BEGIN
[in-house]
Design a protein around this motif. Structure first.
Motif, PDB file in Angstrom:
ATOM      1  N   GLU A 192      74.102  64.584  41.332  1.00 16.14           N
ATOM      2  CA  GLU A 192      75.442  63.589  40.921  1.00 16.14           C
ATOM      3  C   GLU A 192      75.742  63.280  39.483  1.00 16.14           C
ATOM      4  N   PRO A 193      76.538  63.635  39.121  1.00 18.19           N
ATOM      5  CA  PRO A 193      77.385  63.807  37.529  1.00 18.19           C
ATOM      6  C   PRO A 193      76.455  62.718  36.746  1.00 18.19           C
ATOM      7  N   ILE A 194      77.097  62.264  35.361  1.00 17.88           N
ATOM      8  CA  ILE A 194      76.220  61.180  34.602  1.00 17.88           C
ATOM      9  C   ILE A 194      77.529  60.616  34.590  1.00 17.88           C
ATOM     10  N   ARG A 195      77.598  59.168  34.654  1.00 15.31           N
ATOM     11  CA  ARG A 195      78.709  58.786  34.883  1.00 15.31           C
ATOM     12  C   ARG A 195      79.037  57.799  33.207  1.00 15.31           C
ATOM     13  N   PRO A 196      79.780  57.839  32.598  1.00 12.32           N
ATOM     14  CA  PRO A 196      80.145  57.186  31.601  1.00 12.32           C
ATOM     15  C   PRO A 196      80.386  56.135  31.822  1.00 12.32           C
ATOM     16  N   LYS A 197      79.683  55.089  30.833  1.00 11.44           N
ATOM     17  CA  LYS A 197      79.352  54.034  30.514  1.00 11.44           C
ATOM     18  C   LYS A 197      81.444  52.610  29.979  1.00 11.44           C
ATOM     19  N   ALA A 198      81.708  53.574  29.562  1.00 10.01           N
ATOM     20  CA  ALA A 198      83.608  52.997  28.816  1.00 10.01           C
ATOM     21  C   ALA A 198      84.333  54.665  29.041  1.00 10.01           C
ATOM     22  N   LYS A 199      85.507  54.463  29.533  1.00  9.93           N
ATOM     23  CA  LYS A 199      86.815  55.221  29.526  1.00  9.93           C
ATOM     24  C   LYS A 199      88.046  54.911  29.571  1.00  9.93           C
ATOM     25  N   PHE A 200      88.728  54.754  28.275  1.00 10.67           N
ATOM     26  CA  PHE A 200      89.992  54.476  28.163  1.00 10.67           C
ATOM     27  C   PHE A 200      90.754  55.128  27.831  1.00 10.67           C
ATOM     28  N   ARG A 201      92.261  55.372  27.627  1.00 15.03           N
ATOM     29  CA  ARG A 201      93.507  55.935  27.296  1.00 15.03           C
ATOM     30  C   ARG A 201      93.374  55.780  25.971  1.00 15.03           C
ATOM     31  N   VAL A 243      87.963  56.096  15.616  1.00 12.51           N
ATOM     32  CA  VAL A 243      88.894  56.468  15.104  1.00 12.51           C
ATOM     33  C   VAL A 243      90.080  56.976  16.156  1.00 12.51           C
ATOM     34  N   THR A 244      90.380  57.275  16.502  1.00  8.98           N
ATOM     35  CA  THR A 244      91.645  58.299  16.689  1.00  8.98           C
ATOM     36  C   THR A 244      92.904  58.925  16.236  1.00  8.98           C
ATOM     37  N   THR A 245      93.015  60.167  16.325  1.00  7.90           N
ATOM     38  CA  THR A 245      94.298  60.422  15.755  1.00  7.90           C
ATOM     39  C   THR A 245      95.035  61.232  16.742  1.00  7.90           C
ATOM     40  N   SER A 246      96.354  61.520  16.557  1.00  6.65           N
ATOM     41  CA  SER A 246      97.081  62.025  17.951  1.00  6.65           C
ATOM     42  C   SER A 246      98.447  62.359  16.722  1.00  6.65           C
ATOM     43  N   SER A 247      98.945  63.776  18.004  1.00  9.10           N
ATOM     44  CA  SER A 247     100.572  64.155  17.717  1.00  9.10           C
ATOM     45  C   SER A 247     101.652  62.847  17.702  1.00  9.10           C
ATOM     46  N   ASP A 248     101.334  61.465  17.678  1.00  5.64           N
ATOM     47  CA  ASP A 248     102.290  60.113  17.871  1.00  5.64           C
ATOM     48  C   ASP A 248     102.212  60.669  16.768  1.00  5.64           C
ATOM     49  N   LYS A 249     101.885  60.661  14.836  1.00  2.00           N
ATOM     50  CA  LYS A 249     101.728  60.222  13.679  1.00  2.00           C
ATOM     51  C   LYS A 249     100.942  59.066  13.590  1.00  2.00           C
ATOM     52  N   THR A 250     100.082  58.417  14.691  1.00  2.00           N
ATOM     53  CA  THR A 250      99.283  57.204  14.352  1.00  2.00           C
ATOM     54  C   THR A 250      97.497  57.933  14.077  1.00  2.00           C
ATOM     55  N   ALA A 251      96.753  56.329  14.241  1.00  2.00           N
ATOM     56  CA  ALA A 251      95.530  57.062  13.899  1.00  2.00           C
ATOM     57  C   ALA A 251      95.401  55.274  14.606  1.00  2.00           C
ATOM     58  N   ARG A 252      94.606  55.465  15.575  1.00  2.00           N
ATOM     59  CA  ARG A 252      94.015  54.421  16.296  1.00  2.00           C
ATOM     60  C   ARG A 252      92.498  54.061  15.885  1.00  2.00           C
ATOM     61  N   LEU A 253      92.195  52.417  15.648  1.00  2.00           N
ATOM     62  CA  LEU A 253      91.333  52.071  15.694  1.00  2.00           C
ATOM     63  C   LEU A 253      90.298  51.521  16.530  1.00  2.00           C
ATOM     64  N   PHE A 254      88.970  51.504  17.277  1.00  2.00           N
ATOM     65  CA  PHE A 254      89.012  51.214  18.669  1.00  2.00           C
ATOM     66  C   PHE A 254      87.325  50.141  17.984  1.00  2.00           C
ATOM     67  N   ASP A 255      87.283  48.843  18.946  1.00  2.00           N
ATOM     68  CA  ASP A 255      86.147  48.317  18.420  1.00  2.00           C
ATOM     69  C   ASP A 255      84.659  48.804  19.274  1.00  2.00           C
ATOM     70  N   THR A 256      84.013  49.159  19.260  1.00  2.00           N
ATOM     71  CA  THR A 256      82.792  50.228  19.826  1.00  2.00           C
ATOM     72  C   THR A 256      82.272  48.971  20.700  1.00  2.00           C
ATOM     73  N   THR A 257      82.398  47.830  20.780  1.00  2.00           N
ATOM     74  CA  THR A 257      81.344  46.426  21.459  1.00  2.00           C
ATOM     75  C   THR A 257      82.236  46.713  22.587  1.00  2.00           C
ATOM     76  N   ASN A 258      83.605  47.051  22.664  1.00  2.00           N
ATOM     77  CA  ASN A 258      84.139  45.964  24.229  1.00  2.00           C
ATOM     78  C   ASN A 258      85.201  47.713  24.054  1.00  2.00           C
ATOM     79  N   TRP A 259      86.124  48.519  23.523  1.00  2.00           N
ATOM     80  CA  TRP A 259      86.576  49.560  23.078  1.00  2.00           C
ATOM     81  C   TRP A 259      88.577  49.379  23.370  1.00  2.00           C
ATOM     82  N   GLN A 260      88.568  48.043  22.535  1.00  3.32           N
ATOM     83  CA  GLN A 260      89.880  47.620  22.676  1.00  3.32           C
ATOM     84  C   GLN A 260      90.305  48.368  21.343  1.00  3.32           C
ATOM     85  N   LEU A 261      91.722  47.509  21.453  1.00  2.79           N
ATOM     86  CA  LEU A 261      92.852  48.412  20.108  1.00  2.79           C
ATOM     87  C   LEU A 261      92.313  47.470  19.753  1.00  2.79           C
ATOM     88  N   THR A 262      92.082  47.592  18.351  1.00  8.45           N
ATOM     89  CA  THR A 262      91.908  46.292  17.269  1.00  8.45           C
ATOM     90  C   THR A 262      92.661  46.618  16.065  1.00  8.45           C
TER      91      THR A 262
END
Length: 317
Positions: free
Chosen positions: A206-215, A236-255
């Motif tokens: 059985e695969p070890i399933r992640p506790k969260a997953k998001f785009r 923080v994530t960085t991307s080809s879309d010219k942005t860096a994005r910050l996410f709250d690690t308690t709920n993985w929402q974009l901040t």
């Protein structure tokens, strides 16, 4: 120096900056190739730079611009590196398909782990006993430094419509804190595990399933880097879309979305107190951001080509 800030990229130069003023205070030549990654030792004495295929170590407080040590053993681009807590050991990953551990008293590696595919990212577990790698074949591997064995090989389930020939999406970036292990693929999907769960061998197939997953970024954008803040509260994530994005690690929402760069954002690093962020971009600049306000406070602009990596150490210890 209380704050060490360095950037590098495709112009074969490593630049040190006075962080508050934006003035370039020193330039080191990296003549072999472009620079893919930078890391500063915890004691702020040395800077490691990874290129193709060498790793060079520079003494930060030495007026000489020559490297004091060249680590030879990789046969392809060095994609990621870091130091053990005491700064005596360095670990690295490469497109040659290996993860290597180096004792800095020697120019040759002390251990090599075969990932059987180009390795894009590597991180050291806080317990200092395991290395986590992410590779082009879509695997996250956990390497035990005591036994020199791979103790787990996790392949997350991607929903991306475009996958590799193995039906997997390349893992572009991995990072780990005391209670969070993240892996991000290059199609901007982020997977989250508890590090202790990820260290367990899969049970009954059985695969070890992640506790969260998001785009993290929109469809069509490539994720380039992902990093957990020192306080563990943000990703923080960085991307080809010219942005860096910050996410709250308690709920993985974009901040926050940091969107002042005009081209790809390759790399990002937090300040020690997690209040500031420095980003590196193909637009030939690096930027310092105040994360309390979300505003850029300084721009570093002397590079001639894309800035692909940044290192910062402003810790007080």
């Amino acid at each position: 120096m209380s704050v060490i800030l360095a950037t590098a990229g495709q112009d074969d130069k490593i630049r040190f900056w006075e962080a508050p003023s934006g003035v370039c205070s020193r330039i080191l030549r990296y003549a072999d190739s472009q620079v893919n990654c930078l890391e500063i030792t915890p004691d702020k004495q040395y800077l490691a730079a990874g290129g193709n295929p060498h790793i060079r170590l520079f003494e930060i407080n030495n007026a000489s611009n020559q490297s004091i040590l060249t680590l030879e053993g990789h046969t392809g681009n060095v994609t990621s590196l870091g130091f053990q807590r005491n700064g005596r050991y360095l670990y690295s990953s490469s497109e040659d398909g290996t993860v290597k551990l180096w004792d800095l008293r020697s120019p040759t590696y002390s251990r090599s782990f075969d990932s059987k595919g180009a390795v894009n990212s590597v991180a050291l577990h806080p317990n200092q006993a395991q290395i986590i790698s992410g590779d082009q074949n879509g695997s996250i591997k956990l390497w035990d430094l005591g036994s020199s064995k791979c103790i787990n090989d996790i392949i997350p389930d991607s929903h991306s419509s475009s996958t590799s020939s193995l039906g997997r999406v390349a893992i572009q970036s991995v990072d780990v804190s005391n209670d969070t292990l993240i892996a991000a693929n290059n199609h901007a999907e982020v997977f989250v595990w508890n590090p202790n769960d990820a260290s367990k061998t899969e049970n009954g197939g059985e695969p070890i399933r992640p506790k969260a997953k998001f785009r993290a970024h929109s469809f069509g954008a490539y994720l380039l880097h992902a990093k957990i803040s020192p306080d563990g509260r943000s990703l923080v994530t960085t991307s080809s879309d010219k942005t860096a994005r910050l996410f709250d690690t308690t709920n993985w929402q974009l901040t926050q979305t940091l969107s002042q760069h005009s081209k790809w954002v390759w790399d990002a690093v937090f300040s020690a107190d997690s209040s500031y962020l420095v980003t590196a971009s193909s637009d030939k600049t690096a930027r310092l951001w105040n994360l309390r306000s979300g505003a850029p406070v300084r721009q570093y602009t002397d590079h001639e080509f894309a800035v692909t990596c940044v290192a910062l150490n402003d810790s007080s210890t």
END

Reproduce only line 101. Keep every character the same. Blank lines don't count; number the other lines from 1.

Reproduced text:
């Amino acid at each position: 120096m209380s704050v060490i800030l360095a950037t590098a990229g495709q112009d074969d130069k490593i630049r040190f900056w006075e962080a508050p003023s934006g003035v370039c205070s020193r330039i080191l030549r990296y003549a072999d190739s472009q620079v893919n990654c930078l890391e500063i030792t915890p004691d702020k004495q040395y800077l490691a730079a990874g290129g193709n295929p060498h790793i060079r170590l520079f003494e930060i407080n030495n007026a000489s611009n020559q490297s004091i040590l060249t680590l030879e053993g990789h046969t392809g681009n060095v994609t990621s590196l870091g130091f053990q807590r005491n700064g005596r050991y360095l670990y690295s990953s490469s497109e040659d398909g290996t993860v290597k551990l180096w004792d800095l008293r020697s120019p040759t590696y002390s251990r090599s782990f075969d990932s059987k595919g180009a390795v894009n990212s590597v991180a050291l577990h806080p317990n200092q006993a395991q290395i986590i790698s992410g590779d082009q074949n879509g695997s996250i591997k956990l390497w035990d430094l005591g036994s020199s064995k791979c103790i787990n090989d996790i392949i997350p389930d991607s929903h991306s419509s475009s996958t590799s020939s193995l039906g997997r999406v390349a893992i572009q970036s991995v990072d780990v804190s005391n209670d969070t292990l993240i892996a991000a693929n290059n199609h901007a999907e982020v997977f989250v595990w508890n590090p202790n769960d990820a260290s367990k061998t899969e049970n009954g197939g059985e695969p070890i399933r992640p506790k969260a997953k998001f785009r993290a970024h929109s469809f069509g954008a490539y994720l380039l880097h992902a990093k957990i803040s020192p306080d563990g509260r943000s990703l923080v994530t960085t991307s080809s879309d010219k942005t860096a994005r910050l996410f709250d690690t308690t709920n993985w929402q974009l901040t926050q979305t940091l969107s002042q760069h005009s081209k790809w954002v390759w790399d990002a690093v937090f300040s020690a107190d997690s209040s500031y962020l420095v980003t590196a971009s193909s637009d030939k600049t690096a930027r310092l951001w105040n994360l309390r306000s979300g505003a850029p406070v300084r721009q570093y602009t002397d590079h001639e080509f894309a800035v692909t990596c940044v290192a910062l150490n402003d810790s007080s210890t």